MP slammed over “rogue” warning to budding franchisees

Franchising experts have questioned the motives of WA Liberal MP Peter Abetz, who has warned prospective franchisees that “rogue elements” may “prey” upon them.

 

The Perth Franchise Expo was held over the weekend, prompting Abetz to issue a warning to prospective franchisees as he described the sector as a “minefield”.

 

“There are people out there who prey on the inexperienced and naive business operator,” Abetz said in a statement.

 

“Franchising is not a level playing field and although I am sure the majority of exhibitors at the franchise expo are people of integrity, there is every likelihood that some rogue elements will be there as well.”

 

“While there is a Franchising Code of Conduct, franchisees need to be aware that there are no penalties for breaches of the code, which results in some franchisors thumbing their nose at the code.”

 

“I would caution anybody who is contemplating buying a franchise to take all precautions and seek independent advice before making a commitment.”

 

Late last year, Abetz introduced a private member’s bill in the WA State Parliament, calling for state-based legislation to protect WA franchisees from “rogue” franchisors.

 

The proposal has been met with criticism from the Franchise Council of Australia, which claims state-based legislation would duplicate national regulation and cripple the WA franchising industry.

 

The Franchising Bill 2010 is currently being examined by a Parliamentary Committee, which is expected to report back to Parliament by the end of June.

 

FCA chairman Stephen Giles says Abetz could be attempting to push his own agenda, questioning the validity of his argument.

 

“It says more about the fact that Mr Abetz’s attempts to introduce the laws are likely to prove unsuccessful as the weight of the argument and the logic of the argument dawns on people,” he says.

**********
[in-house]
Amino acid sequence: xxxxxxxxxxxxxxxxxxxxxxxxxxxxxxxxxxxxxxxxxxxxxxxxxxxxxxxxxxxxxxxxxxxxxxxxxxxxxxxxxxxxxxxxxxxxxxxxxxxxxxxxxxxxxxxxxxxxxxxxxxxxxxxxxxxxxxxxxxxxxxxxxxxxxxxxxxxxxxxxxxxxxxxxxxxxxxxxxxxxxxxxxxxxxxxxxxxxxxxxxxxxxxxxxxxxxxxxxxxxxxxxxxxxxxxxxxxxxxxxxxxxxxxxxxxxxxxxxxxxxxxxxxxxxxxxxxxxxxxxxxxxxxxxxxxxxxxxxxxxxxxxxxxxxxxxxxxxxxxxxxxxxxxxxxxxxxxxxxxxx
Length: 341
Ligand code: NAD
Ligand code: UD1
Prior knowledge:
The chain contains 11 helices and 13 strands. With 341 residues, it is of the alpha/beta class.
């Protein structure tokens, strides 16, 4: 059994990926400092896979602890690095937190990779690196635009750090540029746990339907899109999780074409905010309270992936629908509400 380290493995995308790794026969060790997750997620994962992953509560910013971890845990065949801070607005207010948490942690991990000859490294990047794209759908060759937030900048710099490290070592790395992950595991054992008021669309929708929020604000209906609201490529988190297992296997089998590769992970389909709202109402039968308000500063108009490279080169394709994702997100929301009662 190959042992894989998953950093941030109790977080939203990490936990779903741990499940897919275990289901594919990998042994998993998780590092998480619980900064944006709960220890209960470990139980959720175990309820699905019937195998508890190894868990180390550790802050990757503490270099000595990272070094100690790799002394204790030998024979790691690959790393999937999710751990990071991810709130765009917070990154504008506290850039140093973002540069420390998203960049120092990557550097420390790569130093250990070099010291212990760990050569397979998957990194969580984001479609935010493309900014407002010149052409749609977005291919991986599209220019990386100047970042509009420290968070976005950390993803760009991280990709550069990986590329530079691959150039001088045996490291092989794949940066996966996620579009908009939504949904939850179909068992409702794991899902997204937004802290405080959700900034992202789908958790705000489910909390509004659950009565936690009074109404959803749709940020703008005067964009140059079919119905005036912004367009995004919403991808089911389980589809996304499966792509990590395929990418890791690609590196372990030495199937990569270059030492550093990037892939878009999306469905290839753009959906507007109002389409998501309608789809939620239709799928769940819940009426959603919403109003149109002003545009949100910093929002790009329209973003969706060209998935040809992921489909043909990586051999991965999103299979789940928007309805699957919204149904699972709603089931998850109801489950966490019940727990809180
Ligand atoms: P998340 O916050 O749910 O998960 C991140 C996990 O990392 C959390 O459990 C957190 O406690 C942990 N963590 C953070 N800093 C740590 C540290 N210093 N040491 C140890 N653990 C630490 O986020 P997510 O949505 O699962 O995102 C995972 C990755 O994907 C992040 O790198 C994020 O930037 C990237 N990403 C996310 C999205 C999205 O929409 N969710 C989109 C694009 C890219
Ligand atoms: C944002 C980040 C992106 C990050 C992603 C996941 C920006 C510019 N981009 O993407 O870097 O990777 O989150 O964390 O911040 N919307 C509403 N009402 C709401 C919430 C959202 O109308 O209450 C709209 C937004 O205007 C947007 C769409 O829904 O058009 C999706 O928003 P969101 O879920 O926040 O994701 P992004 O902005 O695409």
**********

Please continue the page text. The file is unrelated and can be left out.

“We object to constant use of the term ‘rogue operators’ when there is no one being named and no evidence is being produced.”

 

“We don’t mind people pointing out that franchising is not a guaranteed ticket to success… But using the franchising expo was an inappropriate, ill-chosen, almost grandstanding opportunity – he’s damned every exhibitor.”

 

Jason Gehrke, director of the Franchise Advisory Centre, agrees Abetz could be “pushing his own wheelbarrow”.

 

“I think Mr Abetz’s warning is extraordinary given that he’s a member of the committee in WA which is conducting the inquiry into franchising,” Gehrke says.

 

“As a participant in the sector, I would find it very worrying indeed if Mr Abetz’s comments are in some way pre-emptive of the official findings of that inquiry.”

 

Gehrke says he doesn’t disagree with Abetz’s argument that any potential franchisee must undertake due diligence.

 

“That is recommended in all cases, but I find Mr Abetz’s comments in this regard to be out of order given the current inquiry,” he says.

 

“I would hate to think that he’s promoting his bill ahead of the due process of the inquiry. I would like to think not, but there is the possibility that Mr Abetz’s comments could be read outside the context of which they’ve been made and consequently lead people to an incorrect view of franchising.”

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